China's massive contingent at the Eighth Asian Games in Bangkok roared into an early lead in the medals table on Sunday (December 10) by capturing eight gold medals.
GV parade of athletes and flags
SV Thailand King Bhumibol seated in stadium
GV Hong Kong athletic contingent
GV Singapore athletic contingent
GV South Korea athletic contingent
SV China athletic contingent
GV Japan athletic contingent
GV Philippines athletic contingent
SV and GV Iran flag bearer
SV and GV Saudi Arabia athletic contingent
SV and GV Thailand athletic contingent
SV and GV Asian Games flag being paraded
GV Thai athlete bearing Games torch
SV cutaway of King watching on
GV Games flame being lighted
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Background: China's massive contingent at the Eighth Asian Games in Bangkok roared into an early lead in the medals table on Sunday (December 10) by capturing eight gold medals. North Korea, their nearest rivals managed to strike gold only twice when their flyweight and bantamweight champions snatched two weightlifting titles. Japan, which won twice as many medals as China in the Teheran Games four years ago are trailing badly, managing only one silver and three bronze medals. But they are certain to recoup its 8-0 gold deficit once the swimming events get underway this week. The trouble-plagued Games finally swung into action on Saturday (December 9) at the Bangkok National Sports Stadium.
SYNOPSIS: Thailand's King Bhumibol declared the 1978 Asiad open before a capacity crowd of 40,000.
Nearly four thousand athletes representing twenty five countries paraded around the stadium in a blaze of colour and pageantry. Noticeably absent is Israel, which was barred from participating because of what organisers claimed were security reasons. (SEQ 1-4)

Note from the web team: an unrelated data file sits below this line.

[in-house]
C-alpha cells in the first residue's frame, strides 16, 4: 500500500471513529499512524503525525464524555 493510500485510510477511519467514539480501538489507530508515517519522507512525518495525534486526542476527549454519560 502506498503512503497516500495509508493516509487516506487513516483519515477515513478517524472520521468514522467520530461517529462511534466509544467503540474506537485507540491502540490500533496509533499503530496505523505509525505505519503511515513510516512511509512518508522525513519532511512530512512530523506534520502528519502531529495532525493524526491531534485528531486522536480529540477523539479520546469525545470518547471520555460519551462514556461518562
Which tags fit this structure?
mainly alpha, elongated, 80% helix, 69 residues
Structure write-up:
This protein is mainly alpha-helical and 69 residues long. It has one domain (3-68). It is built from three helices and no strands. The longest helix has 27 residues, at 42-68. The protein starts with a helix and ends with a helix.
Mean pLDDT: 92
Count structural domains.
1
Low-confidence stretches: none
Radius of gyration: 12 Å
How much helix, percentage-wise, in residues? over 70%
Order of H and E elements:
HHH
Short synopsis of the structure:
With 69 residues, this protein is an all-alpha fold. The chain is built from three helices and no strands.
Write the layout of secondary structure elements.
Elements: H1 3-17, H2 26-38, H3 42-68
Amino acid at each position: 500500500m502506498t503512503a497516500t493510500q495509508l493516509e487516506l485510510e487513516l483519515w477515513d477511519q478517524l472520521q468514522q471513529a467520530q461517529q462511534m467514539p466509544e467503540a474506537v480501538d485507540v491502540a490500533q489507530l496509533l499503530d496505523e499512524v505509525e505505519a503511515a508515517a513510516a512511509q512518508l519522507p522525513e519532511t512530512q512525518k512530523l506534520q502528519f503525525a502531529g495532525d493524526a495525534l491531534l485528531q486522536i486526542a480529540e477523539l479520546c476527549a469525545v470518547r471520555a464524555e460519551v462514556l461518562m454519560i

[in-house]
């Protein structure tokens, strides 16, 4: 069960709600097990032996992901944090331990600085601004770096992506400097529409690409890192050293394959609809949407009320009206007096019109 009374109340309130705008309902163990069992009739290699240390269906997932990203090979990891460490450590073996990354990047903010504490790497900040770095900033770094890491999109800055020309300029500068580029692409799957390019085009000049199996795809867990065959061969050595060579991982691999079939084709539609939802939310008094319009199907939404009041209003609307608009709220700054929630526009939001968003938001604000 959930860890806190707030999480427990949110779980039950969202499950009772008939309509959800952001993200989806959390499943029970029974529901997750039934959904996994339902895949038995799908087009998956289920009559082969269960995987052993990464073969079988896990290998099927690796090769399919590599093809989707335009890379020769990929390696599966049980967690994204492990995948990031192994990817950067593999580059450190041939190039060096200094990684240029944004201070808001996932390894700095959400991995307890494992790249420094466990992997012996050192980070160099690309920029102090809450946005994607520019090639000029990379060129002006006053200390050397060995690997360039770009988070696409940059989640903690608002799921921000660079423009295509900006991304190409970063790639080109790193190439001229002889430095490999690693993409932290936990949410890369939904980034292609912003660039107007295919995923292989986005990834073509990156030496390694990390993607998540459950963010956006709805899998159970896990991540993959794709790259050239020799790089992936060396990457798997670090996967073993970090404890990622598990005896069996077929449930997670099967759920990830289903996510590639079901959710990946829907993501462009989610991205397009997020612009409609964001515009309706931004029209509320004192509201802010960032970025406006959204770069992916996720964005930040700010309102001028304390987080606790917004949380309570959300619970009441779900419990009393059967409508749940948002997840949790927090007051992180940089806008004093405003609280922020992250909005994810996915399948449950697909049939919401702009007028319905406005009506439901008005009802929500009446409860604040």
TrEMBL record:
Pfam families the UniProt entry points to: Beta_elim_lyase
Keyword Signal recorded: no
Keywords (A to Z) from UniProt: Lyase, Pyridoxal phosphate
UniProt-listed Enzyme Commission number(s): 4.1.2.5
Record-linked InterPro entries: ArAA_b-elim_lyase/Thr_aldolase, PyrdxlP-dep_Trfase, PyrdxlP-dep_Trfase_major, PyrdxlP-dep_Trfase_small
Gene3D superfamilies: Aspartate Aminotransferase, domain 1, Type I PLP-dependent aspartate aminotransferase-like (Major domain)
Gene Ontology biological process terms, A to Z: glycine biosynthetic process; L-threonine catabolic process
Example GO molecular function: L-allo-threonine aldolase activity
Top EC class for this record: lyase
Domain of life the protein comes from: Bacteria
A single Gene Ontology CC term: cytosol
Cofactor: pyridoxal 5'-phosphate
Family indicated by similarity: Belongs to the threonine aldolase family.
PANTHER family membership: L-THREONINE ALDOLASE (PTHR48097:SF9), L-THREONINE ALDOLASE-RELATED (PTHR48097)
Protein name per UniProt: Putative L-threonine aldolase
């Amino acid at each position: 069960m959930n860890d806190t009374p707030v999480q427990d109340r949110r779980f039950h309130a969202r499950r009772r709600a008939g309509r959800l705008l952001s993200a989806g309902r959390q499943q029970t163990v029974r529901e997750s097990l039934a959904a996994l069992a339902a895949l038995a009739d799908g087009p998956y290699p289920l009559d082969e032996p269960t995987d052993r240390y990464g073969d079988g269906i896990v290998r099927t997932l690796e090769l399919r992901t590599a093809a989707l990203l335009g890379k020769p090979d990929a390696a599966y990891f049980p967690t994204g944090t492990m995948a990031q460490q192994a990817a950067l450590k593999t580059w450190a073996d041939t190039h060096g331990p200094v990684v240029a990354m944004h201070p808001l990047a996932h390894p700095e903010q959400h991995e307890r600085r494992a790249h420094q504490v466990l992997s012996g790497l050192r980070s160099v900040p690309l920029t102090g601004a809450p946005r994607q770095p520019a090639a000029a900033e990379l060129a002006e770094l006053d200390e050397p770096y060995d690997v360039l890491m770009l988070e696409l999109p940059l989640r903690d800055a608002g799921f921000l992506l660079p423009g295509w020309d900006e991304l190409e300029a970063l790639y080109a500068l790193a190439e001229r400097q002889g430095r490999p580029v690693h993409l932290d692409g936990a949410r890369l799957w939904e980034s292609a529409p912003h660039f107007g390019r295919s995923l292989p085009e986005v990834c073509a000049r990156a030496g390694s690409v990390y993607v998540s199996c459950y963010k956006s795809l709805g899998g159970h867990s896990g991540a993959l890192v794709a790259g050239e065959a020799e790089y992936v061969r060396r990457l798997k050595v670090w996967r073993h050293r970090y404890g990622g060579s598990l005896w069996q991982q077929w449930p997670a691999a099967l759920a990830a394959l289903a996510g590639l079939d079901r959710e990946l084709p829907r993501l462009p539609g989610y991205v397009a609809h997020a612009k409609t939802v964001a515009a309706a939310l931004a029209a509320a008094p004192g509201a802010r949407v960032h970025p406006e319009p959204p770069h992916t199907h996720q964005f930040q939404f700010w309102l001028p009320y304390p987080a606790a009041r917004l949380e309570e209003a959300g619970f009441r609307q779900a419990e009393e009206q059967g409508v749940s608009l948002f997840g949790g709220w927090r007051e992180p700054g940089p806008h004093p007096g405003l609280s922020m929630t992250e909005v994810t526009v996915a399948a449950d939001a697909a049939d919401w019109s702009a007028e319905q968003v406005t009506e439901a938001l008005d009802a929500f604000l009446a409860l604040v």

The South Koreans in orange blazers drew large applause from flag-waving Koreans who were spread among the spectators. (SEQ 5)
Much interest centres on the performance of China's huge contingent. China re-emerged from its sporting isolation to compete in the 1974 Games in Teheran where it scooped up 33 gold medal to finish third behind Japan and Iran. (SEQ 6)
The giant Japanese party of four hundred are certain to come out on top again. (SEQ 7)
Competitors from the Philippines will be hoping to erase their dismal performance in the Games four years ago. They're expected to pick up at least five medals in ten pin bowling. (SEQ 8)
Iran, unable to attend the Games because of civil disturbances at home were represented by a solitary flag bearer. (SEQ 9)
Saudi Arabia, one of the great financial backers of the competition, hopes to scoop up two or three gold medals in its first appearance in the Games. The oil-rich kingdom has sent young team of 146 athletes.
Thailand is hosting the Asiad for the third time in 12 years, after first Singapore, India, and then Pakistan turned down the task of staging the Games. (SEQ 11-15)